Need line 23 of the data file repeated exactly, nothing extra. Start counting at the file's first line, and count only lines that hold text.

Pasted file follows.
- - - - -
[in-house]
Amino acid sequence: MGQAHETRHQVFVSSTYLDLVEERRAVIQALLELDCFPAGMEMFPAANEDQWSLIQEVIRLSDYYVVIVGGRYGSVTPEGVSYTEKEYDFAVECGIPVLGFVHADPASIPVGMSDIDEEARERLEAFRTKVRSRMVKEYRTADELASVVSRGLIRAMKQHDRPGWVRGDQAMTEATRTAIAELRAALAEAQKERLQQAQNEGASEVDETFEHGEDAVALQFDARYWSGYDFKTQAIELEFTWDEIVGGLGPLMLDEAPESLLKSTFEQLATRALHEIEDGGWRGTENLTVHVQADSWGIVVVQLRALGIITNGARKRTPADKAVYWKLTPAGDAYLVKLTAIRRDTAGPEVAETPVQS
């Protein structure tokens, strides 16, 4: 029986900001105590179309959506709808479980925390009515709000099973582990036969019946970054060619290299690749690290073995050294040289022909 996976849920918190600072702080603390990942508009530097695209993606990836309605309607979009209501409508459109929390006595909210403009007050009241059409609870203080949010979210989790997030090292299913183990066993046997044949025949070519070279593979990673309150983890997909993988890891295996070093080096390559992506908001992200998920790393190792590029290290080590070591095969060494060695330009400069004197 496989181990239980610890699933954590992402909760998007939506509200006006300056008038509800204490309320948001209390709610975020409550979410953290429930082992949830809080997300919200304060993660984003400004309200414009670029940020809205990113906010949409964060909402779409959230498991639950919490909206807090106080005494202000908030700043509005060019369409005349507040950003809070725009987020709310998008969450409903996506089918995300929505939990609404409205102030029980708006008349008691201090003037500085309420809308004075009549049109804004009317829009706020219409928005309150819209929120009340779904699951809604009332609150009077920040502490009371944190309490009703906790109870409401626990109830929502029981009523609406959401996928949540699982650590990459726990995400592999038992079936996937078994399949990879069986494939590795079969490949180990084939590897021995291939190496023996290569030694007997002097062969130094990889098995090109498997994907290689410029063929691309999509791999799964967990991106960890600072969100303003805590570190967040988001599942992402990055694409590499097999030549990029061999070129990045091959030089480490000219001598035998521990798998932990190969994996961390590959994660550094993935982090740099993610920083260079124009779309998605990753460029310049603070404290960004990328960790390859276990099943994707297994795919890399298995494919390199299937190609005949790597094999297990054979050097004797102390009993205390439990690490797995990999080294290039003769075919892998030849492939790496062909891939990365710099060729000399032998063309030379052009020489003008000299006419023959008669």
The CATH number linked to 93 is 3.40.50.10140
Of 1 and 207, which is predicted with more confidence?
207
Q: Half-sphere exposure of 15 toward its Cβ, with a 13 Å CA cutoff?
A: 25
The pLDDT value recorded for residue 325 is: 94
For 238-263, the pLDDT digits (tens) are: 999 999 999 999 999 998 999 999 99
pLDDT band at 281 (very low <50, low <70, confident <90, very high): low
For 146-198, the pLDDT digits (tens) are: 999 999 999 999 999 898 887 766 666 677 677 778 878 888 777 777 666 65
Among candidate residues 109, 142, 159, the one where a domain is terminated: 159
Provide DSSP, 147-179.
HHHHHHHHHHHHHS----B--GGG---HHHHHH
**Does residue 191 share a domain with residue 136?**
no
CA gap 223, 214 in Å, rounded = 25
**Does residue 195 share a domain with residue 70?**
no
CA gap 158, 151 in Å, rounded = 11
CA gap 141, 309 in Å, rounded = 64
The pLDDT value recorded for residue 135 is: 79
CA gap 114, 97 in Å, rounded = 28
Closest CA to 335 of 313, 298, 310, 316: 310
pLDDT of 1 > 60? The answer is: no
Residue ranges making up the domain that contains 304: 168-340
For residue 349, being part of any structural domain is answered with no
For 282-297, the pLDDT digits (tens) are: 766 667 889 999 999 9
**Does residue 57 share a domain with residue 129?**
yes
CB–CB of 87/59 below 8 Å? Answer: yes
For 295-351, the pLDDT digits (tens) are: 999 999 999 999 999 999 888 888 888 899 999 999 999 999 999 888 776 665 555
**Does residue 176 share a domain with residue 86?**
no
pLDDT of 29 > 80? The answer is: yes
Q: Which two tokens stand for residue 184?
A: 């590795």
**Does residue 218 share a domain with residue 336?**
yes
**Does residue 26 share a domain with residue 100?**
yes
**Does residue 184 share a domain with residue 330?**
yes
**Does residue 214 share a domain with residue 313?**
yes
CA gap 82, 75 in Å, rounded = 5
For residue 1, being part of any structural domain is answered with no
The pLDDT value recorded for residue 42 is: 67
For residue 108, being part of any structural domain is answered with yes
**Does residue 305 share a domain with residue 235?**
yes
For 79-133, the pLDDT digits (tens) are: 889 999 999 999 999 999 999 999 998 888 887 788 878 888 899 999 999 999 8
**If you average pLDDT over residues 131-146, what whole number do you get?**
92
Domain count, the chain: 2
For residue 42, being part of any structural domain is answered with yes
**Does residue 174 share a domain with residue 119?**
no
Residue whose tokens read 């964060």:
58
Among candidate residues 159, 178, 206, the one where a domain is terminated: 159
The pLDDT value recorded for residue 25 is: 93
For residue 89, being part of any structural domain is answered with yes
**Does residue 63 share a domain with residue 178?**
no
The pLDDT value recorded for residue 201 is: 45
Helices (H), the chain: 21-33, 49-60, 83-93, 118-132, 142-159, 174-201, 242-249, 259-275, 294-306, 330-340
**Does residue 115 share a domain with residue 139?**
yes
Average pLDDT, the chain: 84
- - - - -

The pLDDT value recorded for residue 135 is: 79